MCAD Tech News (#272)

22 Oct, 2009 By: Cadalyst Staff

First Look Review: MapleSim 2

Powered by the Maple technical computing engine, MapleSim is a 3D modeling and simulation solution that lets users specify and evaluate myriad simulation conditions for physical models.

By Jeffrey Rowe

If you've had any exposure to the 3D CAD world in the past 15 to 20 years, you've almost certainly experienced parametric modeling. Parametric 3D models digitally represent and simulate the physical look, feel, and behavior of objects. A mathematical model, such as a 3D CAD or physical model, is a simplified representation of certain aspects of a real system.

When you create a mathematical model, you move from the real world to the world of abstraction, building your model on math concepts such as equations and functions rather than physical parts with features. Next, the model is solved using mathematical techniques. Finally, the solution to the mathematical problem is translated into a solution that can be applied to the initial problem that began in the real world. Mathematical modeling really goes full circle because it begins and ends in the real world. Math, after all, is the language that describes the physics and physical world around us.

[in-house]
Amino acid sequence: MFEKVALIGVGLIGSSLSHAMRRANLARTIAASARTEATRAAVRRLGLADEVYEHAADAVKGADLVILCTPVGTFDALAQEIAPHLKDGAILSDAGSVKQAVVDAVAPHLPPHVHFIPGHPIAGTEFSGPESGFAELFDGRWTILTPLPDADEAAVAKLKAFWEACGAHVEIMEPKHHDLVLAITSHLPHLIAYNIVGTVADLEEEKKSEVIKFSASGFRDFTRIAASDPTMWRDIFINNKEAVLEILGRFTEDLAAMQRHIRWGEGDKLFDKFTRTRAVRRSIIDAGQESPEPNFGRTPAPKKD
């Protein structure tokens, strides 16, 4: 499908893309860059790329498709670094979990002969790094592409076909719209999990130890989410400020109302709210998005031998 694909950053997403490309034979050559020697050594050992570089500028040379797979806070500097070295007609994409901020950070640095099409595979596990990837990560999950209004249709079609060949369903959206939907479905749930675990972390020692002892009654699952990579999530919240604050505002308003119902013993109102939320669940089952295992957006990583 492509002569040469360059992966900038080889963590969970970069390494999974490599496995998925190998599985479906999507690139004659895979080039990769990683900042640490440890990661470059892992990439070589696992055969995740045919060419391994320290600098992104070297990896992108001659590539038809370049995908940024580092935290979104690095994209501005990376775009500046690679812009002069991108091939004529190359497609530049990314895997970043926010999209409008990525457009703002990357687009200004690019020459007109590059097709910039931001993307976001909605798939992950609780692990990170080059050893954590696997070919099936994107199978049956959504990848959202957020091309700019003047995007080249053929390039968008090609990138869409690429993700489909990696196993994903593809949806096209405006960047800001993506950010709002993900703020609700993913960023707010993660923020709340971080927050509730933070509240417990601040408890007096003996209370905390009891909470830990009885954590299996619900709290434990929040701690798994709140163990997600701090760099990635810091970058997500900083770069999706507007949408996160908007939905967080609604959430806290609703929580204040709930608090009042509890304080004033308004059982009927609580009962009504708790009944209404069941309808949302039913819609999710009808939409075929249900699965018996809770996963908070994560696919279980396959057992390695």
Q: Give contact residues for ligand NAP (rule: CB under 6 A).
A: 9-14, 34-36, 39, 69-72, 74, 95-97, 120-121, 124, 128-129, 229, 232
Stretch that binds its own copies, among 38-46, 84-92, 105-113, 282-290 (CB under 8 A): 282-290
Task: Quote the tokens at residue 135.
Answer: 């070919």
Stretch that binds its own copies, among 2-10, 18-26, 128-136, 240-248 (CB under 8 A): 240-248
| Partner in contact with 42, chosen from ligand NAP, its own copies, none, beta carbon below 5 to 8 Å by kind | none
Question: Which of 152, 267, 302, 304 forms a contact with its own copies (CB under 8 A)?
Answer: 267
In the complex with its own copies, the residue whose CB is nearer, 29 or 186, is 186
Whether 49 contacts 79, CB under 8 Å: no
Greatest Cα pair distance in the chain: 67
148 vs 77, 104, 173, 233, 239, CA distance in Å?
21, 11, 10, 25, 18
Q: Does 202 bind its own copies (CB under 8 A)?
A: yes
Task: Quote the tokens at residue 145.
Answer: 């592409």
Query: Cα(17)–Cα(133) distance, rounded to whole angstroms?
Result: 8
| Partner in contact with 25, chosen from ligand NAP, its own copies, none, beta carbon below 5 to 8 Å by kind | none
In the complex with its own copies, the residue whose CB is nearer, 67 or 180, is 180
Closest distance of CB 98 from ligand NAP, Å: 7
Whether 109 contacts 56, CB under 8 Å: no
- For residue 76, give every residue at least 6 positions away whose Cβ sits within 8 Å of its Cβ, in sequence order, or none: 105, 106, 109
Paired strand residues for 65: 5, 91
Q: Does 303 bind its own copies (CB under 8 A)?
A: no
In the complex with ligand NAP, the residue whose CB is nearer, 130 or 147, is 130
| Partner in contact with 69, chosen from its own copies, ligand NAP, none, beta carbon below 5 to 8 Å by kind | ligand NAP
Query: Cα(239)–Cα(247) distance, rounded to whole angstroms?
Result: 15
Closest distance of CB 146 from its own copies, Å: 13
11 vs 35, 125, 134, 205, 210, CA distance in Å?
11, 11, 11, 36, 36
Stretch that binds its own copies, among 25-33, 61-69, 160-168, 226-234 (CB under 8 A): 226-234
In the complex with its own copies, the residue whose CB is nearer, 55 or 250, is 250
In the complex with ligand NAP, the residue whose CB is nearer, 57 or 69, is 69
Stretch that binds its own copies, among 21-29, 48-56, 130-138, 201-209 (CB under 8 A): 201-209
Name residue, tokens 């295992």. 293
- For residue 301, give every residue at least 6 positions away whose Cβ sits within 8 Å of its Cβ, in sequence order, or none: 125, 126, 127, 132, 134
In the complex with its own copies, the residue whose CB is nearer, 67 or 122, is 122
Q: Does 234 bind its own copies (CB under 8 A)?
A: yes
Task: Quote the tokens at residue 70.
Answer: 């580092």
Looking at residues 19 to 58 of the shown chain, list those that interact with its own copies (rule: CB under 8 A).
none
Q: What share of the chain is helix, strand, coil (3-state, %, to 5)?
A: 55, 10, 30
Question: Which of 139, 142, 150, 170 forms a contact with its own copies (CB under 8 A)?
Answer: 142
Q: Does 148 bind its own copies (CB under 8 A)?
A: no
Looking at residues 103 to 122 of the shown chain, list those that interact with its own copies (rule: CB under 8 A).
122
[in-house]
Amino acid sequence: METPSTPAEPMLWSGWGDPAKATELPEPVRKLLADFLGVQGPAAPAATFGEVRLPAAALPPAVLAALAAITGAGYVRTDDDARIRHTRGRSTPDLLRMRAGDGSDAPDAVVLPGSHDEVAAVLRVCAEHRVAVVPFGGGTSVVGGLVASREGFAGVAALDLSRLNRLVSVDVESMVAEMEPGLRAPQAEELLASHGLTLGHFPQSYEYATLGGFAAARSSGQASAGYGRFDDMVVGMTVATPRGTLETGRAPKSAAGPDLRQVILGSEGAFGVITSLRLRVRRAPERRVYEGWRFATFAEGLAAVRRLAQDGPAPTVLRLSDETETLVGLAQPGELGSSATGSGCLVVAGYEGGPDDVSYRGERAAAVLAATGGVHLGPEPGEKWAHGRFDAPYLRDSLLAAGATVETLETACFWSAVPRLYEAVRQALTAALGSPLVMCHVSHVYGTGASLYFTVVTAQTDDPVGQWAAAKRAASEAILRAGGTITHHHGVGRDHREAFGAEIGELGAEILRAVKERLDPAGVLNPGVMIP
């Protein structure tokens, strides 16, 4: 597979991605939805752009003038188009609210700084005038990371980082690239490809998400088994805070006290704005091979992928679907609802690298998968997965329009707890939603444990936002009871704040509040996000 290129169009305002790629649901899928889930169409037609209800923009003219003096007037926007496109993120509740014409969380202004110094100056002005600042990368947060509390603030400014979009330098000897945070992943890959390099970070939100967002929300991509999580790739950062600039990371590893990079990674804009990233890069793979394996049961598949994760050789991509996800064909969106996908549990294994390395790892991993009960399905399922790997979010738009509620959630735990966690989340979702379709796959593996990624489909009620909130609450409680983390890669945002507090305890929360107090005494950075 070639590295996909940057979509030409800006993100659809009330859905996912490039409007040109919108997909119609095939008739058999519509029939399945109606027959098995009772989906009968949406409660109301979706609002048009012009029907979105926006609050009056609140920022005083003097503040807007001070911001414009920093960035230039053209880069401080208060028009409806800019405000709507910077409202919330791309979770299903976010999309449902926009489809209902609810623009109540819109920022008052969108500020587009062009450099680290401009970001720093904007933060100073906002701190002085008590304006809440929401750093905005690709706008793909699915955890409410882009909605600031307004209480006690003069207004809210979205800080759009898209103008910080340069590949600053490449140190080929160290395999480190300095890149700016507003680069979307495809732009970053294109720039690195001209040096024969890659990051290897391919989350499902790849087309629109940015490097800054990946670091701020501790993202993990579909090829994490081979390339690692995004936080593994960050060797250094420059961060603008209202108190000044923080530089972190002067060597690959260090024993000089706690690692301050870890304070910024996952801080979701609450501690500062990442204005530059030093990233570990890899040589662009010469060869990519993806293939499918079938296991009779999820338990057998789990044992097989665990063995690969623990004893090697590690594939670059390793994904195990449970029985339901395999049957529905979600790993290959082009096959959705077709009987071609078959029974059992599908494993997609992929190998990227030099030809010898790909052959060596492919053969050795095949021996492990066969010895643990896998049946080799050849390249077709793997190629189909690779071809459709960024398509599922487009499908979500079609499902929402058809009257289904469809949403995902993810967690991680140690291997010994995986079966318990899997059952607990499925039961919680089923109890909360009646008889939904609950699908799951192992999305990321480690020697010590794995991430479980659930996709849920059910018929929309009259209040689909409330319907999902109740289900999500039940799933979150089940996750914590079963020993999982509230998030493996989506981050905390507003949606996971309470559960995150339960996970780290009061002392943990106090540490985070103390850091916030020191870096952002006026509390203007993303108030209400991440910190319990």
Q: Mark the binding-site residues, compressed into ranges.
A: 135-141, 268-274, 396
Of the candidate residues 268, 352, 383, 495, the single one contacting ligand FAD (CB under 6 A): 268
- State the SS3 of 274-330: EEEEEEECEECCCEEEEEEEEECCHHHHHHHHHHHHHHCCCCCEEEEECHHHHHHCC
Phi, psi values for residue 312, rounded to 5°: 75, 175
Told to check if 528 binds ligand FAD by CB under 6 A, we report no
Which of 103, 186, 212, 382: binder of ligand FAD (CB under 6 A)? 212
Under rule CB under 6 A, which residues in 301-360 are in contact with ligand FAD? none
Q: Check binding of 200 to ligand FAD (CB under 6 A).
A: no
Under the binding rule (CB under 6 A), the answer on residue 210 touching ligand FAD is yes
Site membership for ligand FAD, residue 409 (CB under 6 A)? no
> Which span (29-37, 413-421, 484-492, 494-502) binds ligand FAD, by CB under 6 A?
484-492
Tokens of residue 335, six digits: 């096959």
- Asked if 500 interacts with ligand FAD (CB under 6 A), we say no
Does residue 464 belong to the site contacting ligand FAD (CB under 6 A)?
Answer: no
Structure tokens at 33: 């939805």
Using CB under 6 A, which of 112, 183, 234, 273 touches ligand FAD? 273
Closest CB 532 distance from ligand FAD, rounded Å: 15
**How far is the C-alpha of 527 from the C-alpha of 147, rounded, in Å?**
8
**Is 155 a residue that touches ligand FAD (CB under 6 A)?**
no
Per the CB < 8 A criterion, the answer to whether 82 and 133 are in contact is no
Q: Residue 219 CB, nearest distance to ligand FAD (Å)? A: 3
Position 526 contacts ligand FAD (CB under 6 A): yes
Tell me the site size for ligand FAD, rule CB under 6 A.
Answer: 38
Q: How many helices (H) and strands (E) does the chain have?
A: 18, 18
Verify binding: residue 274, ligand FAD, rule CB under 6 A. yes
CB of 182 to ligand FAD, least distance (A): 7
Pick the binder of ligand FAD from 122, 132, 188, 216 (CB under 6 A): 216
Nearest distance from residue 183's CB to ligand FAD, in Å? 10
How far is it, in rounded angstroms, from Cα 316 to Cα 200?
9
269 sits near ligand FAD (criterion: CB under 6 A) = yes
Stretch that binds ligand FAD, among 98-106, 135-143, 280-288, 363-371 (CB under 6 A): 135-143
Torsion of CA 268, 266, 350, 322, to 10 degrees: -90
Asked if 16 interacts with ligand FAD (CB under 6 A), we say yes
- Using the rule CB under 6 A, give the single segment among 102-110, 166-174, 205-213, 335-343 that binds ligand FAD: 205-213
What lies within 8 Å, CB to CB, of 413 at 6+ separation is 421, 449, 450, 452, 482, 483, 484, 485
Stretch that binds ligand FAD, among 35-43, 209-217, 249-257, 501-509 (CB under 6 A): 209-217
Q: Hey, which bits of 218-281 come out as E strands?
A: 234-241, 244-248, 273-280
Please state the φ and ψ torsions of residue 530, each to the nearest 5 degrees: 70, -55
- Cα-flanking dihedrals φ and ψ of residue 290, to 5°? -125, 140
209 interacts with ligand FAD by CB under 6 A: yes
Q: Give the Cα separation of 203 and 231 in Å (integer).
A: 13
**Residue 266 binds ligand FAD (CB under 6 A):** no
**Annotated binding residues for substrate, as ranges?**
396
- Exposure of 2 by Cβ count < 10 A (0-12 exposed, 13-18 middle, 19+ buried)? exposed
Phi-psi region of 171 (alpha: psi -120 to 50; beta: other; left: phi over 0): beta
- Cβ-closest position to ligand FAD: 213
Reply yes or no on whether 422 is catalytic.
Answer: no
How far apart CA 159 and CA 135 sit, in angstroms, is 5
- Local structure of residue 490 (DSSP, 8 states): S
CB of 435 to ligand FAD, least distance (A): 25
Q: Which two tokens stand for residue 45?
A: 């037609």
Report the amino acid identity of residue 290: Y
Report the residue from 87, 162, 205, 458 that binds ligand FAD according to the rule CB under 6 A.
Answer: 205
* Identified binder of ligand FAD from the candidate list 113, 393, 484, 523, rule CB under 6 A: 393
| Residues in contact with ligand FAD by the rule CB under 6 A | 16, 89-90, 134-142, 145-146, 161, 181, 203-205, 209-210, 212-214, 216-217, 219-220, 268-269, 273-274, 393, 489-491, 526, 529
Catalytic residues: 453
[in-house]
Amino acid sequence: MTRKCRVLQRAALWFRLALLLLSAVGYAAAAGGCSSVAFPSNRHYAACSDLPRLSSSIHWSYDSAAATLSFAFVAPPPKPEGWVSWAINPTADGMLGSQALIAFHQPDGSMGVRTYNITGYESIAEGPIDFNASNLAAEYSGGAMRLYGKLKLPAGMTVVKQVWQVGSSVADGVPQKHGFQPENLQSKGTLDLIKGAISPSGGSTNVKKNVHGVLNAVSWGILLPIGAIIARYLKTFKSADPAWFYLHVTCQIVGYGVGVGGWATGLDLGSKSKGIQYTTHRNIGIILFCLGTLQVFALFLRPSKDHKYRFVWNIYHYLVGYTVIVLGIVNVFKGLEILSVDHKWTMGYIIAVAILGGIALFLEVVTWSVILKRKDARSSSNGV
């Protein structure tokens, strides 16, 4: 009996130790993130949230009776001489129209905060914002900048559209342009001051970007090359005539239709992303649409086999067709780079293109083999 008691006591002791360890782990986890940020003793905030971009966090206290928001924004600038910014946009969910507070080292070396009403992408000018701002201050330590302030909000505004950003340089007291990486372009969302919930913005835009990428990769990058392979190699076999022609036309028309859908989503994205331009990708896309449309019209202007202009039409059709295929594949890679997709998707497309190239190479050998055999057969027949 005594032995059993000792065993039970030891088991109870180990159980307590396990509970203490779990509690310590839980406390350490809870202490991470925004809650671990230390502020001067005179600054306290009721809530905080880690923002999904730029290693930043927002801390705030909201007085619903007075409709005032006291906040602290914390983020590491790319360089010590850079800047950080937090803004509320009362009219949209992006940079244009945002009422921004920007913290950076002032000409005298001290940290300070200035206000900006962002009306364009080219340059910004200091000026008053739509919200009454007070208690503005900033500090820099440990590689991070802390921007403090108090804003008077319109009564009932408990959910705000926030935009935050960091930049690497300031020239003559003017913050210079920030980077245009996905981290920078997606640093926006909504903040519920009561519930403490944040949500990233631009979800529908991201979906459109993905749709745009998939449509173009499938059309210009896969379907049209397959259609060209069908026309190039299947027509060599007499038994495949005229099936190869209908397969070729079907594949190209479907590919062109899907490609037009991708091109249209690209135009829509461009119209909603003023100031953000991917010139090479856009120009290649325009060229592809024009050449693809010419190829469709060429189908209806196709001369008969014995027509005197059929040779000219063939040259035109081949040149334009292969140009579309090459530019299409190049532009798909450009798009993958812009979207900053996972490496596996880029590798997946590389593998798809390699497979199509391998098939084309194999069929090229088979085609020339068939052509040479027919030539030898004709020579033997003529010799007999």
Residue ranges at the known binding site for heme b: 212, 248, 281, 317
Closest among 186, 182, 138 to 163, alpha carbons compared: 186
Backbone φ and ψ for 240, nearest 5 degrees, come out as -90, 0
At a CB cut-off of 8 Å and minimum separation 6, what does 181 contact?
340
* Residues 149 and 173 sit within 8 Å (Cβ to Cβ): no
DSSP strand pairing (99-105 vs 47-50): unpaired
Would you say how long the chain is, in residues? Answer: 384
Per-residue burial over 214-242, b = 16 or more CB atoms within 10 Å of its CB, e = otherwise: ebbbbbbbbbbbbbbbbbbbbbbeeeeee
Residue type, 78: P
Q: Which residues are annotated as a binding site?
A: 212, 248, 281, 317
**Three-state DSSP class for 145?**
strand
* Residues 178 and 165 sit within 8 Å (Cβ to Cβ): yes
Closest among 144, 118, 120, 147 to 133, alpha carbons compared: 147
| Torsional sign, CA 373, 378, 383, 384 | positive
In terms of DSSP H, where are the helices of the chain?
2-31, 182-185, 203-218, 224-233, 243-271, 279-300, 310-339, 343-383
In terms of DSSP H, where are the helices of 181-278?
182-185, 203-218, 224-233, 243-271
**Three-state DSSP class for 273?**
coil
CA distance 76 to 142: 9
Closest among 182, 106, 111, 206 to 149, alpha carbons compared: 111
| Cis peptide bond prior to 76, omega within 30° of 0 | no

MapleSim 2 from MapleSoft is a 3D modeling and simulation system built on the company's Maple 13 mathematical computing engine. The products build on the power of mathematical modeling to perform fast, accurate calculations that result in simplified, highly efficient models. Using MapleSim, you could create a system diagram on screen in the same way you would draw it on paper, and the software would automatically generate the model equations. Generated code can be exported to real-time and other applications and runs 10 to 100 times faster for complex models, according to MapleSoft. Available for Windows, Linux, and Macintosh platforms, MapleSim offers dynamic analysis, control design, and optimization capabilities and supports custom component creation and live design documentation.